Now, even though he stopped responding to my emails years ago, he evidently – perhaps inadvertently – keeps my number stored in his phone. Because every once in awhile, and it happened again this week, his phone calls my phone.
On its own.
I’m not making this up.
I can hear him in the background having a conversation: sometimes it sounds like he’s in the car talking to his wife, other times I can’t make out the words. But every time it is clear that he doesn’t know the phone line is open. I try shouting his name into the phone, but get no response. Finally, I just hang up.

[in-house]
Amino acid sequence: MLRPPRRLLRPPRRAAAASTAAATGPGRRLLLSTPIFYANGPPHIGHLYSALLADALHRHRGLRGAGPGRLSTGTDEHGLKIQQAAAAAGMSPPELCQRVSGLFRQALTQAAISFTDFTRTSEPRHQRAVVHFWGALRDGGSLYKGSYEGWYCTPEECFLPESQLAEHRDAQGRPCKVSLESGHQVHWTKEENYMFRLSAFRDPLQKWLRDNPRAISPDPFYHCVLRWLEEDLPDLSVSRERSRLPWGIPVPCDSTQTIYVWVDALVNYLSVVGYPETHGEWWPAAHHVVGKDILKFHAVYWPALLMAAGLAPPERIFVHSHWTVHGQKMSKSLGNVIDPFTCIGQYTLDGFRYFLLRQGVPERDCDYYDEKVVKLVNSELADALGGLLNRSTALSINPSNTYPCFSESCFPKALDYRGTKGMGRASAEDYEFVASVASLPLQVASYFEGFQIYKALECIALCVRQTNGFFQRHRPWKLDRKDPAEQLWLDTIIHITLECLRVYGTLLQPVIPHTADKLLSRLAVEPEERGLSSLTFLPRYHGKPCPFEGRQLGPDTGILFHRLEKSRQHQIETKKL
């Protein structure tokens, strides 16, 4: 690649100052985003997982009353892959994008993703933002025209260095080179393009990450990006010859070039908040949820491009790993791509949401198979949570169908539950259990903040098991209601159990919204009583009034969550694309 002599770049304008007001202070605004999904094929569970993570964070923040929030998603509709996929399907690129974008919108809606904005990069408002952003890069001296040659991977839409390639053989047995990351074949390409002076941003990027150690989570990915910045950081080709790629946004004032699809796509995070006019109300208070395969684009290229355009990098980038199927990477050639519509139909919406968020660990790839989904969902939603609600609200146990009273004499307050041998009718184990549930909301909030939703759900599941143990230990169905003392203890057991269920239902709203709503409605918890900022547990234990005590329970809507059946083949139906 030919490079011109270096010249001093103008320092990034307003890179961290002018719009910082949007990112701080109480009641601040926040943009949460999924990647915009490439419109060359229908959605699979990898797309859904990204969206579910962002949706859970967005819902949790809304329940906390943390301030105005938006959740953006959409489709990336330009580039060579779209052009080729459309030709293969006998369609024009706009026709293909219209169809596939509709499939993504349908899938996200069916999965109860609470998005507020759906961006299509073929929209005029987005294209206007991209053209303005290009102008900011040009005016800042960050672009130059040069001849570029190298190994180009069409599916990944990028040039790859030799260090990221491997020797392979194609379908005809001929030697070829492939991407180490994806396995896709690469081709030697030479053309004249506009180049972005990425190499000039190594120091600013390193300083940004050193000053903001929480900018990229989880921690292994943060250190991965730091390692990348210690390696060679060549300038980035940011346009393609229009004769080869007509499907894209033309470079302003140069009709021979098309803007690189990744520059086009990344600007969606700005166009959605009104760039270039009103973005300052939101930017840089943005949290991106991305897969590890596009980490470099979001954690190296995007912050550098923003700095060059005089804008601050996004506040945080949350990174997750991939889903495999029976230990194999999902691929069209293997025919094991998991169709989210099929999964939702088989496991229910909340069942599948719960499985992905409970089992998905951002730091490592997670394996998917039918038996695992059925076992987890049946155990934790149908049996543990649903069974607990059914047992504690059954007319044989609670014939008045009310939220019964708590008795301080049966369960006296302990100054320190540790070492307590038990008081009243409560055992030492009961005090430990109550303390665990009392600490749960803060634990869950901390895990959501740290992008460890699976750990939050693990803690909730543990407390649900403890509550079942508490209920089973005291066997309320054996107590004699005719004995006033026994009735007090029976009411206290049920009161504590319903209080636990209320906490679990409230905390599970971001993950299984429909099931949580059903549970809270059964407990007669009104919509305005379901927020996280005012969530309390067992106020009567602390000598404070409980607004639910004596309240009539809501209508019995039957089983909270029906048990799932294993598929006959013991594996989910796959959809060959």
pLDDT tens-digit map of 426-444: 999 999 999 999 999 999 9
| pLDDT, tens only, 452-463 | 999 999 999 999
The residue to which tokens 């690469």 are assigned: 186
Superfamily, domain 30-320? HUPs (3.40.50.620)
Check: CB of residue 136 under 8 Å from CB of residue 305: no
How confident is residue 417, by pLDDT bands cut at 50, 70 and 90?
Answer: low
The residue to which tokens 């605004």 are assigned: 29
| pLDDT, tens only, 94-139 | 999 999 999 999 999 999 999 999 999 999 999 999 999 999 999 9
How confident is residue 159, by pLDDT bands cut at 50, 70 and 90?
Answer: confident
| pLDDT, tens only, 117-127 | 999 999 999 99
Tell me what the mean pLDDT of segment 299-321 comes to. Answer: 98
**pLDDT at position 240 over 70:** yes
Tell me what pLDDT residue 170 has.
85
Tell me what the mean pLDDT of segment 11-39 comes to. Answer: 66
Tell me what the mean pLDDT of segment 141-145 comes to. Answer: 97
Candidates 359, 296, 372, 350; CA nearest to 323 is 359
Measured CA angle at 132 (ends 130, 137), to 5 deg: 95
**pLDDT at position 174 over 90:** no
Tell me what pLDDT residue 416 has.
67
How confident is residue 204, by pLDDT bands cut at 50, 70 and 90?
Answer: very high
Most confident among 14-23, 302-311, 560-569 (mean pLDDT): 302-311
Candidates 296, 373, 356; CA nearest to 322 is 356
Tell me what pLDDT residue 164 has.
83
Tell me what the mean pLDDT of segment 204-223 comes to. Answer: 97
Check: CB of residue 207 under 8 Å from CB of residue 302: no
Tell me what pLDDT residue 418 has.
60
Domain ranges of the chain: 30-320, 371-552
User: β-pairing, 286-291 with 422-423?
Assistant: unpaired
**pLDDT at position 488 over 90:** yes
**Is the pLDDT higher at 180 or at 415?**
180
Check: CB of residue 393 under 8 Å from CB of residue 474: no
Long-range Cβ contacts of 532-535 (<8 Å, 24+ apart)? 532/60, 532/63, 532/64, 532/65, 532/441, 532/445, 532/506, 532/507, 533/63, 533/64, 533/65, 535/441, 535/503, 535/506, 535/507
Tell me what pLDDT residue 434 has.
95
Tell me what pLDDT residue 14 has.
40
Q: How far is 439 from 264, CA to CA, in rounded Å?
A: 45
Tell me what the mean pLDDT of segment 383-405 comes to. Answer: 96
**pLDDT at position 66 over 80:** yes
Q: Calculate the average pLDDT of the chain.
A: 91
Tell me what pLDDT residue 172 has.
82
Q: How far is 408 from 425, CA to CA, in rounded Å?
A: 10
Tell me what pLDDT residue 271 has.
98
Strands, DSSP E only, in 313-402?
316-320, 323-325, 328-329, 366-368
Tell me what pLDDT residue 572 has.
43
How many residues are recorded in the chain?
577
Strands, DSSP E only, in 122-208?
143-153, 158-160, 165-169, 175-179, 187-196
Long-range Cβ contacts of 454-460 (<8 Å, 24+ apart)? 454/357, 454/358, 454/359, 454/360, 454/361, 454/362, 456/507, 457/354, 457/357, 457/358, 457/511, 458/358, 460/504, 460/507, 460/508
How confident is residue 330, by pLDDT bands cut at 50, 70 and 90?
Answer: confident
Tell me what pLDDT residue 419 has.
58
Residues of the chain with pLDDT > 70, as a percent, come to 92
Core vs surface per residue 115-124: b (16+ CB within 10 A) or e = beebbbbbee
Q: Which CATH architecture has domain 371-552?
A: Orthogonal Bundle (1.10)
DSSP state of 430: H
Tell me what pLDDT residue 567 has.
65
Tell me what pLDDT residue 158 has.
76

Is this an omen of something wonderful or ominous?
This week when his phone called mine, it was late at night. It was one of those cold, quiet nights. Really quiet. I couldn’t sleep, and at 2 am or so I went down to the kitchen for a drink of water. “Quiet night,” I thought.
Suddenly, at that late hour, my cell phone rang. I looked at it long and hard across the room. That’s a very late call, and possibly an emergency. But when I saw in the caller ID who it was, I didn’t even bother calling his name. After saying “hello” a few times, I just hung up.
Then it called me back. I hung up again. When it called me a third time, I thought, “OK, so maybe I’m supposed to pay attention to this,” and I just listened for a few minutes.